Bates - HP BX5200 B3 1700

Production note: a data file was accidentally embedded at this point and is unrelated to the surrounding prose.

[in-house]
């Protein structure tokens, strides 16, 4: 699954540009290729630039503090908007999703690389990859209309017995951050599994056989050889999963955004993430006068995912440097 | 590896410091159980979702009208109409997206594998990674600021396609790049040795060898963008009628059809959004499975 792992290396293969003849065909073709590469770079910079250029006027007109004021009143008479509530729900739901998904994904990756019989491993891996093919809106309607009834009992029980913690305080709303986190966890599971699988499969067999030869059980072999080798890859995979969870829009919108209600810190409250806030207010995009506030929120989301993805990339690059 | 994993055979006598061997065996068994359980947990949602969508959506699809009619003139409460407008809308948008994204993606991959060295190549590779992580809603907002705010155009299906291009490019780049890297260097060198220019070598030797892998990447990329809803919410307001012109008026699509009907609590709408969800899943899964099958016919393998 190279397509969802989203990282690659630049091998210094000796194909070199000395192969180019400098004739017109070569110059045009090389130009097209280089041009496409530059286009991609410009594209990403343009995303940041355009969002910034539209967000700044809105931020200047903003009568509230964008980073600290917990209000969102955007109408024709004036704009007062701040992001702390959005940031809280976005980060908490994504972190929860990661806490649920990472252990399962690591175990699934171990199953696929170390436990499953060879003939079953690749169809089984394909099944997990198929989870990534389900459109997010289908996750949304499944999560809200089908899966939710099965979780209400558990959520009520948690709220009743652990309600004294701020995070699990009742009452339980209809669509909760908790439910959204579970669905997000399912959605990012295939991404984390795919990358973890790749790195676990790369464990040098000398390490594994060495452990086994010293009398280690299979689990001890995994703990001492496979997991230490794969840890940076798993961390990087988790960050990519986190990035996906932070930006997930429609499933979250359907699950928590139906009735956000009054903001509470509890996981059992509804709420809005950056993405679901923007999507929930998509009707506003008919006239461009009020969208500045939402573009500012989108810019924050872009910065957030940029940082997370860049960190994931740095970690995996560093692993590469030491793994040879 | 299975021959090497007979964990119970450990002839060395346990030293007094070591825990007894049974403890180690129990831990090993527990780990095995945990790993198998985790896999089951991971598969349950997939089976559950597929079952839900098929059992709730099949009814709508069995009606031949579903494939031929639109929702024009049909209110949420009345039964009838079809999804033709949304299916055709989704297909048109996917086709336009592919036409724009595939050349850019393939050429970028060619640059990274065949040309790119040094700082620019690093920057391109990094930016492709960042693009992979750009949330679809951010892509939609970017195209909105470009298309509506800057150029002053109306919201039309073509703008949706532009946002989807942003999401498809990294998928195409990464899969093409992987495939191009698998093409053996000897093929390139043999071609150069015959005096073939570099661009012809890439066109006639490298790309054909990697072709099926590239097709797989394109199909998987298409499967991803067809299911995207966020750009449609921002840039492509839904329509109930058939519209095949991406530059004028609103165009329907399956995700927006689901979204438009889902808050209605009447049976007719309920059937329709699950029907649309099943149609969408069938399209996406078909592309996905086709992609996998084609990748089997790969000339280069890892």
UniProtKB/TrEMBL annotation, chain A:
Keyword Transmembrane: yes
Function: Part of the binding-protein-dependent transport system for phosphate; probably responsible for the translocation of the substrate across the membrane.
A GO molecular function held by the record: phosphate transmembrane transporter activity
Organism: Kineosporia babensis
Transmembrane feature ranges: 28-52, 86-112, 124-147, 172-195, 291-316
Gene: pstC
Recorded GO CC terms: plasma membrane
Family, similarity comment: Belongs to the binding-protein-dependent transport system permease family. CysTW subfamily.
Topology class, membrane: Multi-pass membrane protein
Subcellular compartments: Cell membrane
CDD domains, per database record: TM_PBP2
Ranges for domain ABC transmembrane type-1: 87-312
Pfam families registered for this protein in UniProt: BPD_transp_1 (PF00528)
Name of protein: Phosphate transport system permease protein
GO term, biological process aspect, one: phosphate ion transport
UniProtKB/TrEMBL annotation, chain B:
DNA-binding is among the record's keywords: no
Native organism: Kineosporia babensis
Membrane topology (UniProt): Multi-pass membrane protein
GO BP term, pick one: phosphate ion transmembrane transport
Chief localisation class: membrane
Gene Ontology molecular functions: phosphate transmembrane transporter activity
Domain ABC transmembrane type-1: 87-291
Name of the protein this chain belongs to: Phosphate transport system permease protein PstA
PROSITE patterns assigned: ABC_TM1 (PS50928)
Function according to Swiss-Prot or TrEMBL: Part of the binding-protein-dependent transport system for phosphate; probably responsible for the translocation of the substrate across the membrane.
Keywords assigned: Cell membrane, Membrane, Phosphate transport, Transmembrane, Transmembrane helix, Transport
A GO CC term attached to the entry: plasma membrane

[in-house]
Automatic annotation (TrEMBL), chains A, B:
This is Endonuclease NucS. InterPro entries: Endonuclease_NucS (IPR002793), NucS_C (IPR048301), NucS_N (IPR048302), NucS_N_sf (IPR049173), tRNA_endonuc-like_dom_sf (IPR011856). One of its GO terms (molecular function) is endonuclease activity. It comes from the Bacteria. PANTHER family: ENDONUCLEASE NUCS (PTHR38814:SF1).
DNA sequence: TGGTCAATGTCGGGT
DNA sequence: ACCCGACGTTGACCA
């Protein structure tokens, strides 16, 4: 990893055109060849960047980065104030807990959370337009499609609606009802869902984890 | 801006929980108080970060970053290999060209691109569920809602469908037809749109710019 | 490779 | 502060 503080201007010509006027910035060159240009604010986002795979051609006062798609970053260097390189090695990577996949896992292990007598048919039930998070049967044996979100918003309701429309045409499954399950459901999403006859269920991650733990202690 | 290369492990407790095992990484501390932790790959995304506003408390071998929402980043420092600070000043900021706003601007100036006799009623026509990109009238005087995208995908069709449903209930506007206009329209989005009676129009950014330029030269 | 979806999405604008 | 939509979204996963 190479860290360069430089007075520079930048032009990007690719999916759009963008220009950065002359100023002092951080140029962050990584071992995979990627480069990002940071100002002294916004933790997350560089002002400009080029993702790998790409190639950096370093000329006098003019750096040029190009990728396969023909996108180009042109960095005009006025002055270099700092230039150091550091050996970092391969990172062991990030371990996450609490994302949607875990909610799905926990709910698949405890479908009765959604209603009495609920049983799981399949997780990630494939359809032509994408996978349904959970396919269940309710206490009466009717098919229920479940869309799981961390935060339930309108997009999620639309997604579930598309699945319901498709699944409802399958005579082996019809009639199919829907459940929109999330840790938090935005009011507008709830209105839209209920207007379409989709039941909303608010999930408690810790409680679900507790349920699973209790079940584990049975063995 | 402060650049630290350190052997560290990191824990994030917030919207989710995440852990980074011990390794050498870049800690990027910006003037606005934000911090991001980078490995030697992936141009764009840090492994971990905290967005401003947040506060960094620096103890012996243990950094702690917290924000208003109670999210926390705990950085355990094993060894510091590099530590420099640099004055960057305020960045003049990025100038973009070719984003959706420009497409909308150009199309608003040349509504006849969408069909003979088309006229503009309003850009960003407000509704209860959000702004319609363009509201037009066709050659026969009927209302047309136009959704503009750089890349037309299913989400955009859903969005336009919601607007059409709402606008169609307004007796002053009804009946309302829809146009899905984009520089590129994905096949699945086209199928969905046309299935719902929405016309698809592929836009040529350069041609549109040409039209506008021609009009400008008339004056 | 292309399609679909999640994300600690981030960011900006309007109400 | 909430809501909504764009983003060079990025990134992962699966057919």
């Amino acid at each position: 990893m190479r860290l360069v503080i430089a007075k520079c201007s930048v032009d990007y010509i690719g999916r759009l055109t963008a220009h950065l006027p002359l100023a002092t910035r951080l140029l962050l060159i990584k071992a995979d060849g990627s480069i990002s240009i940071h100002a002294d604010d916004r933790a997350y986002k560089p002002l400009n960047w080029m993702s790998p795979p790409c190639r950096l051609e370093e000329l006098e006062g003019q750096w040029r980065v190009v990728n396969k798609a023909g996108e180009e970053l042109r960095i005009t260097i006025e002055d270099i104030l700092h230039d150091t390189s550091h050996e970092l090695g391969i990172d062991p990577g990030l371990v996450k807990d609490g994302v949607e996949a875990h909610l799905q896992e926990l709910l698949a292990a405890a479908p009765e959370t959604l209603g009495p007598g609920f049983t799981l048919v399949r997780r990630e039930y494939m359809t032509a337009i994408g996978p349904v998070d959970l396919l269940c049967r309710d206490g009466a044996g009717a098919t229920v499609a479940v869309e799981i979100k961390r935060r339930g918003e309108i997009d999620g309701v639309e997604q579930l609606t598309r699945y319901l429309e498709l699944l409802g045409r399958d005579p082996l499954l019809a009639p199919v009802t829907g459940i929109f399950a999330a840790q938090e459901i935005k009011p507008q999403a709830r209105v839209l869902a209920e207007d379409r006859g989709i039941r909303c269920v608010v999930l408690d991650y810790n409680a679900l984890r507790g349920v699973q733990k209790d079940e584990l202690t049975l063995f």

in Contriving Man's Redemption. t. He is not able to make fatisfa£1:ion to God's Juflice for the difhonour brought to ~ hiin. Chap. 4• 2 • He is incapable of rca_l Rcpen~ancc, \\: hid~ migh~ qualify him for P~rdon. ~~ Firjf, He is unable to fatisfy ]uflKe for l11s offence,. either by exalt obedrence for the future, or by cnc\urmg the puni01ment that ts due to. Sm. . , r. Suppofing that Man could perform exa£1: Obedrence after hrs Fa-;, yet that could not be f.1tisfatl:ion. '1 is Sausfafbon, that the .Ac7ton by winch us mad_e, be.m the power of the Perfon that fansfics. A Servant~ as a Servant, cannot mal.;e fansfaC:bo!l for an inj ury done to his Lord, for whatfoever fcr·nce he p7rforms was due before the offence, and is not properly a rellitution, becauf~ 't~s not of hts own. Now ~he corn pleat Obe~ dience of the Creature is due to God. He 1s the Lord of all our ACbons, and whatever Man doth is but the payment of the Orit,inal Debt. The Law requires a perpetual reverence of the l aw-giver, and exprefs Obedience to his Will in all thmgs. So that 'tis impoffible that the highefl refpeCt to it afterwards, fhould compenf.1te for the leaf! via. lation of it. Befides, To make SatisfaCtion · for a Fault, 'tis necelfary the Offender do fame volun. tar] Ait, that may be as honourable to the perfon, and as much above what he was before obliged to, as the con~em~t was _dlfhono~rable, and below th~t wh1ch wa~ ~ue. Unlcfs God receive that wh1c~ 1s as cfhmable m the nature ?f O~ed!ence, as the mJury he received is io the nature of Contempt, there can be no fatistaCbon. Now there is a greater di01onour b~ought to God by the comm1ffi?n of _one Sin! than there_ is honour by the perfect Obedrence of all the Angels : For,. m then· Obedrence, God IS preferr'd by the Creatur~, b~fOre thi~ps l01 In1tely ~eneath l~Im,_ w_luch IS but a fmall honour ; bot by one Sin he rs d1fvalued m the companfon, whtch IS zn.fimte Contempt. o. Man cannot make fatisfall:ion by Suffering. For the Punifhment mufl be equalto the Offe~ce, "hich derives its guilt from the. dignity. of th? Perfon ofTended, and the indignity of the Offender. Now God 1s the Vmverfal Kmg, hrs Juflrce IS Injimte, which Man bath injur'd, and his Glory, which Man hath obfcur'd ; and Man is finite. And what proportion is there between ftnitf and mftmte ? Ho\~ cat} a worthlefs Rebel, that is hateful to God, expiate the offence of fa excellent a Majel!y ? If he facri6cc himfelf, he can never appeafe the Divine Difpleafure; for what dorh he offer but a lump of Re· hellion and Ingratitude? He cad make no other Sati•faltion but that of the Devils which continues for cv~r. and is not compleated. .; · ' Secondt,. Fain Man, con!idered only in his corrupt ahd miferable flare, is incapable of real Repentance, which is a nereffary Condition to guahfy him for Pardon. For whereas Repentance includes an ingenuous farrow for Sin pafl , and a fincere f01-faking of it, he is utterly indifpos'd for both. 1. He cannot be ingenuoufly forrowful for his offence. 'Tis true, when the circumftances arc changed, that which was pleafing will caufe trouble of Spirit ; As when a Malefactor fu l1ers for his Crimes, he reAeEts upon his Actions with Sorrow. But this hath no . Mo;al wort~ i1~ it: ~or ~tis a forc'd A~, (M7111 ~·ni. $16,. 2 C~r. 7· to.) proceeding fi·om a vtolent Pn~ctple, and IS confifi"ent wtth as great a love to he had before, and is entirely termmated on himfelf. But that Grief which is Divme, anrl is accompanied with a. change in Heart and Life, re~pe~s the flain mo~·e than the punil11ment of Sin; and anfes from Love to God, who rs drfobeycd and drn1onoured by it: Now 'tis not concet\'able, th<Jt th.c guilty Creature can love God, whilfl: he looks on him as an irreconcilable Enemy. Drflrufl of the favour of a Perfon, which is a degree of Jlear, is attended wit~ c~ldnefs of afft:Etion: A ftrong fear, which fiill intimates an uncertainty in the event, mchnes to hc:ttrcd: But when Fear is turn'd into Dcfpair, it caufcth .direCt ha· tred. An. inl~ance of th;s we have in the Devils, who curfe the POunt.1in of 13/effednefl. If the Evrl be pafl Remedy, the fenfe of it is attended with Rage, and tranfports of Blafphemy agamfl God hrmfelf. A defpairing Sinner bcguJS in this Life the gnafhing of teeth agam!l hrs}udg, and kmdles the Fire that fJJall torment him for ever, Rev. I6. 2 r. ,Tis for this rcafon the Scnpture propounds the Goodnefs of God, as the moft. powerful Perfuaftve to ~ea.d Alen to repe'!tance, Rom. z. 4· There can be no kind!} Relentmgs withOut t\ffcchon, and that ts always temper'd with the t:xpeEtarion of Favonr. With'"' ou~ hope.of Pardon ;1ll ot her 1'.-iotives are incffecrual to melt the Heart, Now the. fir(t Covenant obliged Man to Obedience. or P~nifbmcnt. · It required Jmro· cer.ce, and dtd not accept of Reprntance. 1 he final VoJtc of the Law ts, Do, or Die. Guil· ty Man ca~moc I_ook on G~d with ~omfor~ under the notion of a Ho~y Creator, that de· · lights to VIew Ins own rcjt:mblance 10 the_ mnocent Creaturt:, nor of a compaffionate Fa· ther th~t fpares an oft cndmg Son, but ap~rehc~ds him to be an incxorabk J.udgc. who bath Rrght and Power to avenge the Drlobedrence. He can lind 110 exped!cnt for his Q. ~ Dchvcran,o,